Research shows whole food, plant-based diets result in effortless weight loss and diabetes reversal
When unrefined "good" carbs are the core
of a whole food, vegan diet
(without any animal protein at all),
you can very quickly
- in a matter of weeks -
lose weight and reverse diabetes,
according to all the recent research
and experts on nutrition and plant-based diets.
Why? Because the increased nutrition and increased fiber fills you up and nourishes your body while naturally reducing the calories, cholesterol and fat because you are not eating meat and dairy foods. Without all the fat gumming up the cells and the insulin receptors, they can finally use up the glucose you are eating and blood sugar levels improve and normalize quickly as you continue to eat this way.
Exercising moderately, such as walking, for 30 minutes each day pumps up this powerful diabetes reversal because it uses up excess glucose and calories, no matter what your weight.
T. Colin Campbell, Ph.D. in his book, "The China Study" lays out all the published
studies on the subject of weight loss and plant-based diets and concludes that people who eat a plant-based, whole-foods diet often eat less calories even though they eat a larger volume of food. This results in automatic weight loss in just a few weeks even though they are not restricting calories, counting carbs or going hungry. Is that a food-lovers dream come true or what?
In fact, studies showed most diabetic patients were able to reduce or even discontinue their diabetes medications in a matter of a few weeks by eating a low-fat, whole foods, plant-based diet.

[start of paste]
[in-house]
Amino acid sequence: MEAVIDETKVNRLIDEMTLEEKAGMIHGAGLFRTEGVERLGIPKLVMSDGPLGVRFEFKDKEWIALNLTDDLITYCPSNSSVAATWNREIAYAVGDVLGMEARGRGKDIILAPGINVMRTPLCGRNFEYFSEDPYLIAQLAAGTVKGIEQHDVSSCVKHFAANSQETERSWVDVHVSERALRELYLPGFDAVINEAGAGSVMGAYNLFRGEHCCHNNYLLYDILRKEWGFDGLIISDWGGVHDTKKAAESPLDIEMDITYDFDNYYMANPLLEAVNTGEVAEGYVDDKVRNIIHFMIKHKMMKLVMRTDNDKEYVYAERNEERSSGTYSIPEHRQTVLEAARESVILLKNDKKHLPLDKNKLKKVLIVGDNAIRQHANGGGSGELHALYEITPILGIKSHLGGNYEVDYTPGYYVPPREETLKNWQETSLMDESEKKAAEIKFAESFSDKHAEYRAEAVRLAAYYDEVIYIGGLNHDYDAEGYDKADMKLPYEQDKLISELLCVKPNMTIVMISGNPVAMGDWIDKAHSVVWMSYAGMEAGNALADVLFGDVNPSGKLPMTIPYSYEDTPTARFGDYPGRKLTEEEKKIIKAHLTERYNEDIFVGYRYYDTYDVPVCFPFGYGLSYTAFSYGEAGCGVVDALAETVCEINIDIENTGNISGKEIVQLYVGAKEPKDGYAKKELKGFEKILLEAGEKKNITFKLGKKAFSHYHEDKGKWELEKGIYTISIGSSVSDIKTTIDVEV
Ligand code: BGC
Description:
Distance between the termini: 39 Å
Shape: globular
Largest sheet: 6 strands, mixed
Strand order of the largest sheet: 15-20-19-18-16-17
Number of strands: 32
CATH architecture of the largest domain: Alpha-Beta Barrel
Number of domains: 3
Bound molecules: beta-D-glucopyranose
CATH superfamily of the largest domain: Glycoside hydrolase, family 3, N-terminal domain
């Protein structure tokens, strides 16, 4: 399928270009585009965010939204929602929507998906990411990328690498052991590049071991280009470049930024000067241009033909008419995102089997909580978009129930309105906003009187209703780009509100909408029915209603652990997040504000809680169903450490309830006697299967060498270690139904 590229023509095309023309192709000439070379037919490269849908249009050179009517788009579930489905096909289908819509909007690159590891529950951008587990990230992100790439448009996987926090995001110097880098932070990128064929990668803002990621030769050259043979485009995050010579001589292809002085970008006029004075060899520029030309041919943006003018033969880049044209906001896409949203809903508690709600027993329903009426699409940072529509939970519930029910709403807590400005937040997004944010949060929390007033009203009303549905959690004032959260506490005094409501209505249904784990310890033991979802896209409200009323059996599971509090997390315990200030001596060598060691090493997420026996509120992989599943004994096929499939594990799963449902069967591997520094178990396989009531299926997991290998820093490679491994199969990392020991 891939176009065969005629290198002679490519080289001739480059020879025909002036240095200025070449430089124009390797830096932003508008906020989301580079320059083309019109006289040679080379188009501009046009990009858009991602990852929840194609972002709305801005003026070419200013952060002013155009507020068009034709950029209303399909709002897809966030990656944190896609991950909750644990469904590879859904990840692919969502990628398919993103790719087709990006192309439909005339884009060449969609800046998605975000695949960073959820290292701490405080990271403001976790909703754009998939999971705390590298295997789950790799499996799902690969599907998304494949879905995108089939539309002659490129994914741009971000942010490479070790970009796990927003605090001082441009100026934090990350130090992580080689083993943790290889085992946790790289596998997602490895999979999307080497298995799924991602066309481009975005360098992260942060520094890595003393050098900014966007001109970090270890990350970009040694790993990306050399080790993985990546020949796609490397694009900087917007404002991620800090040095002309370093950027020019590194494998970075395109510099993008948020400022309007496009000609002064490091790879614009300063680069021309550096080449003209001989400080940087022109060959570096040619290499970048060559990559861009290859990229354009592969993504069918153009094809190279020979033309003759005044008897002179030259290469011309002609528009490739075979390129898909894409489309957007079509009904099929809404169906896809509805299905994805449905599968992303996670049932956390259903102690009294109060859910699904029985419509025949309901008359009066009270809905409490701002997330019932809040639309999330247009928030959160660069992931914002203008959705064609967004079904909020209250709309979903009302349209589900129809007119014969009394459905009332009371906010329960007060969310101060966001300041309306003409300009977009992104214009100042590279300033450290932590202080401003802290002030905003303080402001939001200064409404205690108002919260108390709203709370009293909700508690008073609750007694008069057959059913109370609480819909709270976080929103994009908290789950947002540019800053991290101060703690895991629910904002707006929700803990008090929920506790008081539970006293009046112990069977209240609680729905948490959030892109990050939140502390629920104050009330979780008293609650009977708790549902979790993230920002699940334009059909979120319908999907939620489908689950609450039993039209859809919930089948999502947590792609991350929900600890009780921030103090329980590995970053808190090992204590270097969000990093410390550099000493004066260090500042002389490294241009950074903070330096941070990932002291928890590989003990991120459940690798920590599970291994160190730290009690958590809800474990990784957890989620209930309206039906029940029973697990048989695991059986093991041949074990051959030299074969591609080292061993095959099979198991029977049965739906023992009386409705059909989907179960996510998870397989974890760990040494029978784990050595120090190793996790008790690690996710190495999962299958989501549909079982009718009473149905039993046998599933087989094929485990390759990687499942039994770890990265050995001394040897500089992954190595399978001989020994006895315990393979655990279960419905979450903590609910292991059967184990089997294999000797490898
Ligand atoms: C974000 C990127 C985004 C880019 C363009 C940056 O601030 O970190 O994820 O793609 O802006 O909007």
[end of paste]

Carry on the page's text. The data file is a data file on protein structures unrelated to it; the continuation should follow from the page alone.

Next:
Michael Greger, M.D., author of "How Not to die," also explains in this video how you can prevent prediabetes and reverse diabetes by actually eating more food as long as it is whole, plant foods.
How to find the best "whole-grain" packaged foods at the grocery store
Of course, whole foods like a sweet potato and oatmeal are easy to identify as whole foods but what about choosing higher fiber, higher-quality packaged foods such as bread and boxed cereal? I learned this nifty trick in Dr. Greger's book called the "5-to-1 Rule" for navigating labels that scream "multigrain," "stone-ground," "whole wheat" or even my personal favorite, "7-grain."
Check the ratio of carbohydrates to fiber and stick to products with a ratio of 5 or less. Simply divide the number of carbohydrate grams by the number of fiber grams listed in the nutrition facts chart on the back of the product.
Do these "whole-grain" foods pass the 5-to-1 test?
Brenda Davis keeps it simple by suggesting you look for "whole grain" foods that offer at least 2.5 grams of fiber per serving of bread or pasta and at least 5 grams of fiber per serving in a breakfast cereal. After this little experiment, I went back to the Pasta aisle and found that Barilla Whole Grain Pasta contains 6 grams of fiber, so that will be my new pasta. Another trick I like to apply to label-reading is, "the less ingredients the better" rule for choosing packaged foods. The more ingredients a food has, the more it has likely been processed.
Want to take back your health eating this way
but need a bit of help with how to do it?
Schedule a free Plant-Empowered Woman Activation Call with me to:
-CREATE a crystal clear vision for the healthy lifestyle you want free of the health conditions and limiting beliefs that are dragging you down
-UNCOVER hidden challenges sabotaging your health and weight loss efforts
-LEAVE this session with a plan...renewed, inspired and ready to reclaim your health quickly through a whole food plant-based vegan diet and lifestyle